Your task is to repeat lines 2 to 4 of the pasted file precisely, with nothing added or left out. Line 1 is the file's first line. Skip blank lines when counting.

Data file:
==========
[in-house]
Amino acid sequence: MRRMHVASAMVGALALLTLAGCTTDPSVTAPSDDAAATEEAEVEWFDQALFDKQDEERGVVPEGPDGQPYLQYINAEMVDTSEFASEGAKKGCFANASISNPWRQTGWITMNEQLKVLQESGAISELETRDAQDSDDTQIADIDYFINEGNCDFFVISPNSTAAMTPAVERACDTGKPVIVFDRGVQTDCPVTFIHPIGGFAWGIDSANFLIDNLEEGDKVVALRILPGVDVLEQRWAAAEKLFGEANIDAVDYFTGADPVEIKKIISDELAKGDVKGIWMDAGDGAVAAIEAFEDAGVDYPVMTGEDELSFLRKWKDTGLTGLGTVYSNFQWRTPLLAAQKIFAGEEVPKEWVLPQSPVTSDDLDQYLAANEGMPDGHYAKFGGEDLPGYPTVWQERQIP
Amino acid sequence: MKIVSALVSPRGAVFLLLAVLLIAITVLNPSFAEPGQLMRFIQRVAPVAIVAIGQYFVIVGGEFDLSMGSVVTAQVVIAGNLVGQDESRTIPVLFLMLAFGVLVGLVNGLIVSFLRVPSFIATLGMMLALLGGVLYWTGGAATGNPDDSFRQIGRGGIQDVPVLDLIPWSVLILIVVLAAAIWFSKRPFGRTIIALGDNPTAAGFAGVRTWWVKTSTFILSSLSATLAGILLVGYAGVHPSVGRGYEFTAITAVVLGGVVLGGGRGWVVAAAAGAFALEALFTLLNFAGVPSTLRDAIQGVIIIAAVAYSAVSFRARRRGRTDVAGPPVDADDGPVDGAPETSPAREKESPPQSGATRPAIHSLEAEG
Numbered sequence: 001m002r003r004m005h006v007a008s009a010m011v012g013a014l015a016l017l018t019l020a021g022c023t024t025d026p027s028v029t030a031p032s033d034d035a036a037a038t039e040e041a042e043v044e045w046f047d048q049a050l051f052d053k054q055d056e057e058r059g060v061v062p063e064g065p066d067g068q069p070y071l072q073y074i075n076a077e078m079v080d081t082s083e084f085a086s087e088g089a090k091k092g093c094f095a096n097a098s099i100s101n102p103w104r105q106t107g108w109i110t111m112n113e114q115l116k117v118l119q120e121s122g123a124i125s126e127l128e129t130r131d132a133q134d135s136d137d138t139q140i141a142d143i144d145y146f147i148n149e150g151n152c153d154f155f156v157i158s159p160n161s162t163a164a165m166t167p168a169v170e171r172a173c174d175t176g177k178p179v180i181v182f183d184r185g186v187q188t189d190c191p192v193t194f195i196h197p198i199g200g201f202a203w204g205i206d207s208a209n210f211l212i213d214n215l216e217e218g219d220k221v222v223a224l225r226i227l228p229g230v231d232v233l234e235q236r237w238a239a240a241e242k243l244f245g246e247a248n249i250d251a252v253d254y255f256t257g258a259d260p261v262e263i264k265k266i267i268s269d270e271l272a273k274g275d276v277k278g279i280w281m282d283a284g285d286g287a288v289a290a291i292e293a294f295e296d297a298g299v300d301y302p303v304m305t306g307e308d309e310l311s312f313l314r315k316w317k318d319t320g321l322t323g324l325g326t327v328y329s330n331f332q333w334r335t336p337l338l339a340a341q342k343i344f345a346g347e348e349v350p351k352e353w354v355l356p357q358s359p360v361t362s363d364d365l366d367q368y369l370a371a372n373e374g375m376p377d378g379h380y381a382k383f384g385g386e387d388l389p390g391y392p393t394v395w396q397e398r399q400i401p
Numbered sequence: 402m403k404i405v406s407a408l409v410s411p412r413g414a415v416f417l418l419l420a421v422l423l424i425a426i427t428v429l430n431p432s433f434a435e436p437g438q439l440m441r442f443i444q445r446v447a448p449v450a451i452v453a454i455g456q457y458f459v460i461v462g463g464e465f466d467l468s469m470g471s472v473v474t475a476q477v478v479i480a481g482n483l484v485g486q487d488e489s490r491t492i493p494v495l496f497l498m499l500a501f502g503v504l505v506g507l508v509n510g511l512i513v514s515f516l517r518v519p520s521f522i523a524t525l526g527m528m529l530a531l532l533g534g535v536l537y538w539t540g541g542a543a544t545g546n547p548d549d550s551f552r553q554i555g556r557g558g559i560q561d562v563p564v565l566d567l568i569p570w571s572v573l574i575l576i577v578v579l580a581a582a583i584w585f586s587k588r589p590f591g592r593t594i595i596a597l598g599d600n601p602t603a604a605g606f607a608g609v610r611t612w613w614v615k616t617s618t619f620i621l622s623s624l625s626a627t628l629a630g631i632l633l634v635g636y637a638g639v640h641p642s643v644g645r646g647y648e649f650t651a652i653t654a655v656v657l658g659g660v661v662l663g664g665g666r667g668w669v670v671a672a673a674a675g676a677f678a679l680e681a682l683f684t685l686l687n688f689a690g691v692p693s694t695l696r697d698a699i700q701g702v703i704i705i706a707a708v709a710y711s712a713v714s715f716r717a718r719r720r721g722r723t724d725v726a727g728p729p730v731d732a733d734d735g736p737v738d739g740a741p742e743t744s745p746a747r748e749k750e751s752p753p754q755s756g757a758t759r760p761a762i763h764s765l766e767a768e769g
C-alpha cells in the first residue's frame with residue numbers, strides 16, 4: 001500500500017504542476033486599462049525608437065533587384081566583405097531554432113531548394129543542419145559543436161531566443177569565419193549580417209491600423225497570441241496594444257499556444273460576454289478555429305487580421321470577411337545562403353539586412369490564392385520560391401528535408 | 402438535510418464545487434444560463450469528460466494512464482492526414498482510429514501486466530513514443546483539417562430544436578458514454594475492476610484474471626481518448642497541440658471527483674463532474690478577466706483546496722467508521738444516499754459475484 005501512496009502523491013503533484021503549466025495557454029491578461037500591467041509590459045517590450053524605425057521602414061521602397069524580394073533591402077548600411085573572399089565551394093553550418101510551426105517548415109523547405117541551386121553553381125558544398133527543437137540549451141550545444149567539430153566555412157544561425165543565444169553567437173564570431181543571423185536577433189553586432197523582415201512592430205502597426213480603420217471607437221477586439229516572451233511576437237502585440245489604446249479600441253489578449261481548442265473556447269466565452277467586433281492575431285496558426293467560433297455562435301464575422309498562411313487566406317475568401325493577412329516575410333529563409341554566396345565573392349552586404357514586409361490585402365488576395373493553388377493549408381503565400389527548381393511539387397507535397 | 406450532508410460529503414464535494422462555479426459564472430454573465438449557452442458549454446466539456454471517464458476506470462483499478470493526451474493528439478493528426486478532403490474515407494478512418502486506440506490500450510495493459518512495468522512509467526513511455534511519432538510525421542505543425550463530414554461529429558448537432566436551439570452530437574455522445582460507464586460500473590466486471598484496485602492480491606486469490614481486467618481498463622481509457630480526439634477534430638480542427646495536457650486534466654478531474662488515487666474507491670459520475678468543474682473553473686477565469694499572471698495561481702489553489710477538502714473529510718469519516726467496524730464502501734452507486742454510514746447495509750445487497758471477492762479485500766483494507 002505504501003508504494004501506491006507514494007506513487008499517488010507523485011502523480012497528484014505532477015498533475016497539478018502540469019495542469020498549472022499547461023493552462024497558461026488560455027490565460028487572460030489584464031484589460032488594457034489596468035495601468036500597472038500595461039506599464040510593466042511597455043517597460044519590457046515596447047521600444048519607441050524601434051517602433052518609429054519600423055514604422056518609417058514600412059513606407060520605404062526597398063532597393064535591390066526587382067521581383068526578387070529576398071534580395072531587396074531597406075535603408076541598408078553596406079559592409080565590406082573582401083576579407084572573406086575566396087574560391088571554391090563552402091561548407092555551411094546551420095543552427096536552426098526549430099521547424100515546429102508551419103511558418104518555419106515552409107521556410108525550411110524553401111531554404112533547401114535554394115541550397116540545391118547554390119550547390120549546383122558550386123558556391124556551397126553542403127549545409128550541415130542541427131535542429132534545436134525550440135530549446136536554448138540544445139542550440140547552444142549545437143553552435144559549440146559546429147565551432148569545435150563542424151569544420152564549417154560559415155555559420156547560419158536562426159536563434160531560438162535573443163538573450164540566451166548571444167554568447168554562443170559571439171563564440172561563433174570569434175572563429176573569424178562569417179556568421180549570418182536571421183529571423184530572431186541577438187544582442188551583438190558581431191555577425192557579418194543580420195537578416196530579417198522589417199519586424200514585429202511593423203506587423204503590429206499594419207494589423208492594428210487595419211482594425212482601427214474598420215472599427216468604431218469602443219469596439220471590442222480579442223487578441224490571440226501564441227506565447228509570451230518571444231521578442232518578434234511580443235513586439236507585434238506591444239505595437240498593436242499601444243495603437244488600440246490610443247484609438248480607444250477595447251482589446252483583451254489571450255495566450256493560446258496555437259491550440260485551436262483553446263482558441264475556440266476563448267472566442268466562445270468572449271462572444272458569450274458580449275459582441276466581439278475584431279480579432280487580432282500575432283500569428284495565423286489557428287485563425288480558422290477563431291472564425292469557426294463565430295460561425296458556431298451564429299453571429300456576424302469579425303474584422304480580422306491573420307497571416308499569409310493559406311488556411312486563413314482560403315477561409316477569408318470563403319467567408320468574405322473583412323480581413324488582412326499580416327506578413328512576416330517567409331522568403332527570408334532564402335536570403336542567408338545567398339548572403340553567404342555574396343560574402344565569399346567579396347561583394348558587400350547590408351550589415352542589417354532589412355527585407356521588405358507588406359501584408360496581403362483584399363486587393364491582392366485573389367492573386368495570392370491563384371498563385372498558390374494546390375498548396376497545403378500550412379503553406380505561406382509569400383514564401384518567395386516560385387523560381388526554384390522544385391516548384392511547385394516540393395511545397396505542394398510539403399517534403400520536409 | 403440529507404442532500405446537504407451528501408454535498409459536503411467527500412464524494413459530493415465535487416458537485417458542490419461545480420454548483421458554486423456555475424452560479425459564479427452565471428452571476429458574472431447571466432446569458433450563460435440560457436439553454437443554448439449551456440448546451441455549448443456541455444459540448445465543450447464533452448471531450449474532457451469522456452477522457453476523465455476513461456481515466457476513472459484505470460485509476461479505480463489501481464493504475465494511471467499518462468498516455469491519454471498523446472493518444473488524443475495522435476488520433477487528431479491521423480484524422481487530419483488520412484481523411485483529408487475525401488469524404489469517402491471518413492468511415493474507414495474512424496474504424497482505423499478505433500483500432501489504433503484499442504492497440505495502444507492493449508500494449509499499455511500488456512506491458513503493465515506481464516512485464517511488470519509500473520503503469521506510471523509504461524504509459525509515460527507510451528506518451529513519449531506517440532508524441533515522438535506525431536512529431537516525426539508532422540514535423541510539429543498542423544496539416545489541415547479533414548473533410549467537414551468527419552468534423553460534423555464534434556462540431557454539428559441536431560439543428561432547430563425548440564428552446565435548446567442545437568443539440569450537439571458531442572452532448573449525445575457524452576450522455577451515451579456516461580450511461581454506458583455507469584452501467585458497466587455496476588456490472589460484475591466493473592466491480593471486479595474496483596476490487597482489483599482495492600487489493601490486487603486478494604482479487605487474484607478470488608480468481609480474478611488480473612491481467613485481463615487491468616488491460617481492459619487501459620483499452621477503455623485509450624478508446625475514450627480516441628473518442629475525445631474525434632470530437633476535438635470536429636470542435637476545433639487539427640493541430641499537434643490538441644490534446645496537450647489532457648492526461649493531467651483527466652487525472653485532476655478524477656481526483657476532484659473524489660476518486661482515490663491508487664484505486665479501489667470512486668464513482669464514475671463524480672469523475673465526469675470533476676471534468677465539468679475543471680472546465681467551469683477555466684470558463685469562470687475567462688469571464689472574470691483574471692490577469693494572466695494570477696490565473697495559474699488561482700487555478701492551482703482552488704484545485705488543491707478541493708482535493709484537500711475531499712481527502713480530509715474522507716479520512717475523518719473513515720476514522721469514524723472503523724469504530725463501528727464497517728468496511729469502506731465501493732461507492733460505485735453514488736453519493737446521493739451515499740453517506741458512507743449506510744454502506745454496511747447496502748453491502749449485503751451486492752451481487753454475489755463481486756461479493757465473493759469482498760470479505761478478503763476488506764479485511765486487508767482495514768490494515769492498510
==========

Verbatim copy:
Amino acid sequence: MRRMHVASAMVGALALLTLAGCTTDPSVTAPSDDAAATEEAEVEWFDQALFDKQDEERGVVPEGPDGQPYLQYINAEMVDTSEFASEGAKKGCFANASISNPWRQTGWITMNEQLKVLQESGAISELETRDAQDSDDTQIADIDYFINEGNCDFFVISPNSTAAMTPAVERACDTGKPVIVFDRGVQTDCPVTFIHPIGGFAWGIDSANFLIDNLEEGDKVVALRILPGVDVLEQRWAAAEKLFGEANIDAVDYFTGADPVEIKKIISDELAKGDVKGIWMDAGDGAVAAIEAFEDAGVDYPVMTGEDELSFLRKWKDTGLTGLGTVYSNFQWRTPLLAAQKIFAGEEVPKEWVLPQSPVTSDDLDQYLAANEGMPDGHYAKFGGEDLPGYPTVWQERQIP
Amino acid sequence: MKIVSALVSPRGAVFLLLAVLLIAITVLNPSFAEPGQLMRFIQRVAPVAIVAIGQYFVIVGGEFDLSMGSVVTAQVVIAGNLVGQDESRTIPVLFLMLAFGVLVGLVNGLIVSFLRVPSFIATLGMMLALLGGVLYWTGGAATGNPDDSFRQIGRGGIQDVPVLDLIPWSVLILIVVLAAAIWFSKRPFGRTIIALGDNPTAAGFAGVRTWWVKTSTFILSSLSATLAGILLVGYAGVHPSVGRGYEFTAITAVVLGGVVLGGGRGWVVAAAAGAFALEALFTLLNFAGVPSTLRDAIQGVIIIAAVAYSAVSFRARRRGRTDVAGPPVDADDGPVDGAPETSPAREKESPPQSGATRPAIHSLEAEG
Numbered sequence: 001m002r003r004m005h006v007a008s009a010m011v012g013a014l015a016l017l018t019l020a021g022c023t024t025d026p027s028v029t030a031p032s033d034d035a036a037a038t039e040e041a042e043v044e045w046f047d048q049a050l051f052d053k054q055d056e057e058r059g060v061v062p063e064g065p066d067g068q069p070y071l072q073y074i075n076a077e078m079v080d081t082s083e084f085a086s087e088g089a090k091k092g093c094f095a096n097a098s099i100s101n102p103w104r105q106t107g108w109i110t111m112n113e114q115l116k117v118l119q120e121s122g123a124i125s126e127l128e129t130r131d132a133q134d135s136d137d138t139q140i141a142d143i144d145y146f147i148n149e150g151n152c153d154f155f156v157i158s159p160n161s162t163a164a165m166t167p168a169v170e171r172a173c174d175t176g177k178p179v180i181v182f183d184r185g186v187q188t189d190c191p192v193t194f195i196h197p198i199g200g201f202a203w204g205i206d207s208a209n210f211l212i213d214n215l216e217e218g219d220k221v222v223a224l225r226i227l228p229g230v231d232v233l234e235q236r237w238a239a240a241e242k243l244f245g246e247a248n249i250d251a252v253d254y255f256t257g258a259d260p261v262e263i264k265k266i267i268s269d270e271l272a273k274g275d276v277k278g279i280w281m282d283a284g285d286g287a288v289a290a291i292e293a294f295e296d297a298g299v300d301y302p303v304m305t306g307e308d309e310l311s312f313l314r315k316w317k318d319t320g321l322t323g324l325g326t327v328y329s330n331f332q333w334r335t336p337l338l339a340a341q342k343i344f345a346g347e348e349v350p351k352e353w354v355l356p357q358s359p360v361t362s363d364d365l366d367q368y369l370a371a372n373e374g375m376p377d378g379h380y381a382k383f384g385g386e387d388l389p390g391y392p393t394v395w396q397e398r399q400i401p